live in what's called the CHAPARRAL-URBAN INTERFACE. It's literally
the most flammable place on earth. Our safety and the security
of our homes depends on the proper management of planted and
natural vegetation to reduce fire hazard to a reasonable level.
Here are some things you can do to reduce the risk of uncontrolled
wildfire on your property.
the amount of vegetation around your home, you make it easier
for firefighters to protect your property. Thin native vegetation,
allowing individual plants to remain in clumps that are separated
from each other by at least 20 ft. Reduce flammable vegetation
around the house. Cut back tree branches that hang over the
roof. Keep shrubs and trees trimmed to remove low-hanging
branches and deadwood. Cut down weeds.
building materials like stone, brick, adobe and concrete.
Avoid flammable wood structures in the garden. Wood decks
hanging over unkempt vegetation are the worst offender. Decks
and other wood structures must be built to resist fire in
high fire hazard areas; check with your local building department.
Cover decks with approved fire resistant skirting or use concrete
or stone patios instead. Flammable wood fences can act as
fuses in a fire; use chain link fences or masonry walls instead.
Avoid using flammable mulches like bark or wood chips near
the house; use gravel, crushed rock or decomposed granite
are more flammable than others. Conifers like pine, cypress,
cedar and juniper are the worst offenders. Other very flammable
plants include Bougainvillea, pampas grass, Eucalyptus, New
Zealand flax, chamise and many grasses. Any plant will burn,
but plants with lots of water stored in their leaves, or which
contain large quantities of salts, are more resistant to fire.
Examples are succulents, Oleander, Myoporum, lawns and many
low-growing ground covers.
plants are arranged in the landscape is more important than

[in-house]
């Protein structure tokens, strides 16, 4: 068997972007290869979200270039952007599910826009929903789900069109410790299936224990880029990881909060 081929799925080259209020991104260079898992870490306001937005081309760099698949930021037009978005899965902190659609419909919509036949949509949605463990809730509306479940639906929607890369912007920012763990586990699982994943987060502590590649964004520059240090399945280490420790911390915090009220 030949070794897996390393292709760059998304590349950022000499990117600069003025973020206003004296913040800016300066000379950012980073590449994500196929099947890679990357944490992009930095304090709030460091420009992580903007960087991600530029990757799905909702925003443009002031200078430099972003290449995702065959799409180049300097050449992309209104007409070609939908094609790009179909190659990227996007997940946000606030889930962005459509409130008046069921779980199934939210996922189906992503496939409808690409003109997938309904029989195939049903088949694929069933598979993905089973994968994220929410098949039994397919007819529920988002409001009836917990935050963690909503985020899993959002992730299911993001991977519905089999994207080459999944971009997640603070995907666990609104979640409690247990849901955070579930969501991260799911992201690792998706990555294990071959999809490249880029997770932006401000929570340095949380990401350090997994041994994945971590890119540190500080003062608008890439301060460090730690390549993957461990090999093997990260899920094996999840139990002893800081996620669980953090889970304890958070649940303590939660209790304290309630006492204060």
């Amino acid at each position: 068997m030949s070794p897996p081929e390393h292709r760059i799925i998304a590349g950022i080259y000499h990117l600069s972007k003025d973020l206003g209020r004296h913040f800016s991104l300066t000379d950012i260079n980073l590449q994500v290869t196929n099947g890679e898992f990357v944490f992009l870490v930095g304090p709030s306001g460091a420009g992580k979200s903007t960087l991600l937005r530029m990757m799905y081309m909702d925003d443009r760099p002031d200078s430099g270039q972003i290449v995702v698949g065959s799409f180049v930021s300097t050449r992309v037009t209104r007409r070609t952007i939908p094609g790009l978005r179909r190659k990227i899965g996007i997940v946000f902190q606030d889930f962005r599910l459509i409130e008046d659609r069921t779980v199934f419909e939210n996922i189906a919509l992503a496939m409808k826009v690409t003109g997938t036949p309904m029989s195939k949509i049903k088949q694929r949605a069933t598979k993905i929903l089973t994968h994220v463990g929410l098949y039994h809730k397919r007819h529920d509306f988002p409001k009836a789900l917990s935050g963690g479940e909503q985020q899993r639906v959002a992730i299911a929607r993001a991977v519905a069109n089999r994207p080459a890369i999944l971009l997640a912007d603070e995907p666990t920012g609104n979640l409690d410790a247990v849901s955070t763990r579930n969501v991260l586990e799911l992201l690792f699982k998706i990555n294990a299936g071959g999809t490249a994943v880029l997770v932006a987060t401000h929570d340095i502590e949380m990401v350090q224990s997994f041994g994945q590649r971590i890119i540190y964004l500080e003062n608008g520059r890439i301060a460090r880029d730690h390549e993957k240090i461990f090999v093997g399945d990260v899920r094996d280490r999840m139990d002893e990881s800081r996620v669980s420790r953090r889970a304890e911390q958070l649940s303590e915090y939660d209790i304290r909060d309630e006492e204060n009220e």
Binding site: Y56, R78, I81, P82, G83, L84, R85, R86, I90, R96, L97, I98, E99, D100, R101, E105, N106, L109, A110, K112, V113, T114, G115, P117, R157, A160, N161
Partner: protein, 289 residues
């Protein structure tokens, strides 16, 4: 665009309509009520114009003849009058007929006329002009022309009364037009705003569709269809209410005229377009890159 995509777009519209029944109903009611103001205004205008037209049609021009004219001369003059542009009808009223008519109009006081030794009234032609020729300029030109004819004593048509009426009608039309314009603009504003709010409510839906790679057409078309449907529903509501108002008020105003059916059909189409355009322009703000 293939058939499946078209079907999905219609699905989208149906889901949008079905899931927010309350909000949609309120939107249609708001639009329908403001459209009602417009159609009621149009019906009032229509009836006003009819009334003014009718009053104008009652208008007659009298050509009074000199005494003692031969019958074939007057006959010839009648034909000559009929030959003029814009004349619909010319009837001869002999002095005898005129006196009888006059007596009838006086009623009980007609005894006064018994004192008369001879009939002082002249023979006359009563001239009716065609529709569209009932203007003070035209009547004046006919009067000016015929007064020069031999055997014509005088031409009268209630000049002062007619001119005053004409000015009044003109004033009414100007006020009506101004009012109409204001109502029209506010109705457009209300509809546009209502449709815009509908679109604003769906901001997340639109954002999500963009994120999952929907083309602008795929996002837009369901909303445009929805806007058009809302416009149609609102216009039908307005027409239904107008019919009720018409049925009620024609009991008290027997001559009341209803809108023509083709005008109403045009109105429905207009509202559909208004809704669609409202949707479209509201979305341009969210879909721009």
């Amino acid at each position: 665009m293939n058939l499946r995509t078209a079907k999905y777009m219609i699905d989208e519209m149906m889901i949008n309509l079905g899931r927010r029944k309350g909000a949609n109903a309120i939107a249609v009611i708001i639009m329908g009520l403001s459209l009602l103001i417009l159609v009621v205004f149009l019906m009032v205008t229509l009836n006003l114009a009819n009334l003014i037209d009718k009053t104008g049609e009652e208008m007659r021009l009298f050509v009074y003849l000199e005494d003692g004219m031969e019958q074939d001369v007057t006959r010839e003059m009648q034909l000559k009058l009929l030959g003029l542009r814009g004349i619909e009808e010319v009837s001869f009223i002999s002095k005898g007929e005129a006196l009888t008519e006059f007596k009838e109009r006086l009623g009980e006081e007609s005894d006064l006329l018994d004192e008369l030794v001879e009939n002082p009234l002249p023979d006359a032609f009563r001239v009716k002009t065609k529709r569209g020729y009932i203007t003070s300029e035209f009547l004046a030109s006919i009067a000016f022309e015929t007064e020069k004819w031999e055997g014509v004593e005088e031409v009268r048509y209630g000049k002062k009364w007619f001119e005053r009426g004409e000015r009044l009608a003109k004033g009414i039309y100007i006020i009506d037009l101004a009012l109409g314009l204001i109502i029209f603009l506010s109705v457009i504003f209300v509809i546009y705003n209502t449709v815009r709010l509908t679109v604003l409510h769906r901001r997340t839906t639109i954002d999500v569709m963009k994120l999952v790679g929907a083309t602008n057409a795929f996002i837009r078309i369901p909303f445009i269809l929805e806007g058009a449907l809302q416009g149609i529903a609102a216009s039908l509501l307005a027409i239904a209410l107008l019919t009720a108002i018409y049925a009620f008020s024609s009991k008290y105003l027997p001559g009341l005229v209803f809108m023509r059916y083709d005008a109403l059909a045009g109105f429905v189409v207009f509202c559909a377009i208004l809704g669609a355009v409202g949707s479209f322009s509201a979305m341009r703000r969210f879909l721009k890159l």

the kind of plants you use. The ZONE SYSTEM uses four bands
of plantings to slow an approaching fire and create defensible
FOUR, the outermost zone, consists of thinned native vegetation
with free-standing clumps of pruned shrubs and low-growing
plants or mulch in the remaining open space. ZONE THREE, closer
to the house, is low plants to 2 feet tall that burn very
quickly and offer very little fuel to the fire.
ZONE TWO is
a greenbelt of succulents and very low-growing vegetation
that is reluctant to burn. ZONE ONE, the plantings near the
house, consists of less flammable species that present a minimal
risk of exploding into flames during a wildfire.
look at the zone system in action, visit the FIRESCAPE DEMONSTRATION
GARDEN in Santa Barbara at Stanwood Drive and Mission Ridge
removing too much vegetation, especially on steep slopes or
unstable ground. The loss of foliage cover above ground and
roots underground can result in surface erosion and massive
slope failures. If you're not sure how to proceed, check with
a professional first.
plant species that are suitable for erosion control on slopes.
Use erosion control netting or other mechanical means of temporary
protection until plants mature. Control the flow of water,
keeping it away from slopes and channeling it to safe collection
points. Maintain drainage systems in proper working condition.
Control gophers; their tunnels can contribute to slope failures.
combination of drip and overhead irrigation to keep plants
healthy and supplied with moisture. Avoid over-watering, especially
with native plants, but don't let plants become drought-stressed.
to maintain your landscaping to keep it fire safe. Remove
weeds annually. Keep plants pruned and groomed, with a minimum
of dead twigs and branches. Rake up leaf litter and put it
on the compost pile. Keep things watered. Remove leaves and
litter from the roof. Don't allow piles of brush and rubbish
to build up. Keep the ground covered with appropriate plantings
or mulches to prevent erosion.
vulnerable element on your property is your roof. Replace
wood shingle or other flammable roofs with a "Class A"
roofing material. Also, avoid flammable wood siding and decks
overhanging hillsides. Open eaves also invite trouble; boxed
in eaves are better. Avoid large window openings on the "fire
side" of the house. Finally, be sure the vents in the
eaves and attic are screened to keep out flying embers.
Other Articles by Owen E. Dell